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The Curmudgeon: Dispatches From the Couch #3: The 2010 World Cup

Nelson Mandela World Cup

Although Americans love their soccer, our interest in the sport pales in comparison to the fanaticism about non-American football that exists throughout the world. This fanaticism is rooted in pride, tradition, community and love of the sport. All of this has come together with a fever pitch with the FIFA World Cup, in South Africa, currently going on and lasting through July 11th.

For the uninitiated (or for those who simply haven’t been paying attention), basically there are qualifying tournaments for teams from around the world and the winners get into The World Cup competition. For The World Cup itself there are eight groups (Groups A-H) with four teams in each group. Thus a total of thirty-two teams, including the USA, went into competition for the World Cup. The first stage of the World Cup competition is the group stage where sixteen winners move onto a knockout head-to-head stage of competition. This culminates with a series of quarterfinals, semi-finals and then a massively hyped final. The winning team gets a shiny trophy and the undying respect of the world soccer/football community.

[ad#longpost]South Africa is hosting its first World Cup this year. We cannot even fathom how huge this is for that country. The three venues that will host games are packed for every game with nationals from various countries cheering loudly, waving flags and being generally rowdy in display of exuberant “rah-rah, go us” cheering not seen on our shores.

Imagine the Super Bowl on a global scale and then double the hype. Throughout the world soccer stadiums are small cities. This is true with The World Cup this year as the stadium in Johannesburg hosts 94,000 people. Every game is a spectacle rich in national pride, colorful pageantry and raw enthusiasm.

Culturally this is a triumph for South Africa and Nelson Mandela. The nation loves football and is eager to show itself off as a nation of resources, natural beauty and culture.

Exposure from hosting the Cup will further eradicate the ghosts of Apartheid and move South Africa deeper into the world of nations. South Africa has been sprucing up for this for years now. They are trying to put on a face that differs from the popular misconceptions about life there, as seen in films like Invictus and District 9. The slums and townships remain, but now they have hope and lots of new money to play with and use to rebuild.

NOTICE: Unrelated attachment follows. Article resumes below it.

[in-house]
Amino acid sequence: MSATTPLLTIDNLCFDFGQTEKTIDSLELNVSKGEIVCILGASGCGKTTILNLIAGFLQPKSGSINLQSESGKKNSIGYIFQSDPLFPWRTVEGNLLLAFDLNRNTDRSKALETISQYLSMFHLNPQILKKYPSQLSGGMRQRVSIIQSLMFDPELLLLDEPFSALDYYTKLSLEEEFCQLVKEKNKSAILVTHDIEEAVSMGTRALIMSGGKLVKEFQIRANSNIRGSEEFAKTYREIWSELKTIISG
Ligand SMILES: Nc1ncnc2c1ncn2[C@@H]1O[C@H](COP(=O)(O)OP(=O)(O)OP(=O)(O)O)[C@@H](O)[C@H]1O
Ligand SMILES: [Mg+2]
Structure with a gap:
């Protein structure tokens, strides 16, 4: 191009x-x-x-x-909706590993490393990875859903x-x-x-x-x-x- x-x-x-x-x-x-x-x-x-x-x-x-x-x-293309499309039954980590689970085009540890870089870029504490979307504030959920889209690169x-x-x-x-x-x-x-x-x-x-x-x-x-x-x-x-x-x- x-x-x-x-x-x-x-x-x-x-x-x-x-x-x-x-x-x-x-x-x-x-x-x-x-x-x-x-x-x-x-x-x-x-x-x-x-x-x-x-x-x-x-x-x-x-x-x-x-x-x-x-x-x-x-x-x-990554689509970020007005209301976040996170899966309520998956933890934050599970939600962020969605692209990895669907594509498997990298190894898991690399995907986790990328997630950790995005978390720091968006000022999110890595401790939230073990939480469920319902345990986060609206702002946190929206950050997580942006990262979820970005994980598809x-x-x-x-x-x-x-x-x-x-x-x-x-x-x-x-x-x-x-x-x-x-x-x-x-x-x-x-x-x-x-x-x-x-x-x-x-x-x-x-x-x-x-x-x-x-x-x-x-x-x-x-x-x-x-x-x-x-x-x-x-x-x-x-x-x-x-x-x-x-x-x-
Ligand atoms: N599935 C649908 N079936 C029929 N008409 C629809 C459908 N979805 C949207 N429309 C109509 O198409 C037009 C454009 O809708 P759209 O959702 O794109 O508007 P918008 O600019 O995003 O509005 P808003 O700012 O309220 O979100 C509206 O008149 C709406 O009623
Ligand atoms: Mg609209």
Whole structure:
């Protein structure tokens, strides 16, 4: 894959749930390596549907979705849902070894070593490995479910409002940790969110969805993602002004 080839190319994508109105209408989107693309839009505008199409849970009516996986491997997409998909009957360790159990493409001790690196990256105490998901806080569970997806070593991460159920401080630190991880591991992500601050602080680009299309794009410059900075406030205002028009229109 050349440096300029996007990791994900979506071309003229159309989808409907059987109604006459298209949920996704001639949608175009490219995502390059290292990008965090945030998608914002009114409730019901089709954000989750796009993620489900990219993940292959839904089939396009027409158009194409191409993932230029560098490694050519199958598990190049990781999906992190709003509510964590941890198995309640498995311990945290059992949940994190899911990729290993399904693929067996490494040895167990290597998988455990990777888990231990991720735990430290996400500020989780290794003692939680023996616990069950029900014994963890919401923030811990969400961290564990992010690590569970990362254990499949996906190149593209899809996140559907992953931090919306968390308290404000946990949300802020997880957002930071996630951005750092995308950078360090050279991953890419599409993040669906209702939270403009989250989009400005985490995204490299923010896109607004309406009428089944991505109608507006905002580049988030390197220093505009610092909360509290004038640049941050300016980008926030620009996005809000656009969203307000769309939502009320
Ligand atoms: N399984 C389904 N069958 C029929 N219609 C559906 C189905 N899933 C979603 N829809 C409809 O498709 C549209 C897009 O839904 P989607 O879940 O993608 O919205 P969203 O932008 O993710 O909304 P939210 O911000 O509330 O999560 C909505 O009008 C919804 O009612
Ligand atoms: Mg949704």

So if you haven’t been watching, why should you watch the World Cup? Well there are a few reasons. My favorite is that you can have a day of pub and pint and go to a local watering hole and see games. Most of them open at crazy early times to accommodate fans. You get to see expats from various countries and experience their way of life.

Second there is the game on the pitch itself. Most FIFA World Cup games are terrific matches with skilled athletes rising to the occasion for their country. I also enjoy watching the tournament itself because of the competition. If you like drama this is for you. Where we stand right now, Uruguay is still in–as they always play tough. This is measured by Brazil, which has five World Cup titles and always shows up. Germany never quits and Portugal wants to come back from their fourth place ranking last time. With all of this international intrigue who needs the United Nations?

But the biggest reason to see the World Cup for me isn’t necessarily the games. Although they are exciting, it is cool to see most of the world go absolutely mad for a month without any bloodshed. The World Cup unifies people, whether it is on the field, in the stands, in the pubs or just at watch parties in homes and yards. Sometimes you may get really lucky and the fans of a particular country will make some great food and bring some of their native booze with them to share at the gathering. This is cultural exchange and understanding on the most basic level. As the World Cup unfolds, legacies are defined; nations are united and amazing matches of skill and precision progress, eventually reaching an incredibly dramatic climax of sport.

Since soccer is the world’s game, and the World Cup is the largest sporting event in the world it only makes sense to watch some of it. George Lucas wishes he had audiences and drama like this. Advertisers covet the global audience. Fans become rabid creatures that will stay up late or get up early to cheer on their brothers. The action on the pitch is better then most blockbuster films. The players are often larger then life. But perhaps the neatest thing about the World Cup is that at some point in the next month, David will beat Goliath and the winning country will go nuts.

Succinctly, it is impossible to fathom the social, cultural, political and athletic magnitude of the World Cup. It is an event that transcends Olympiads or concerts; it is the only cooperative global event that actually brings people together. Soccer games have poetry to them. They have a rhythm and pulse that electrifies as the clock ticks down. For the next month the world will be in motion. As each goal brings us closer to a champion how can you not watch?

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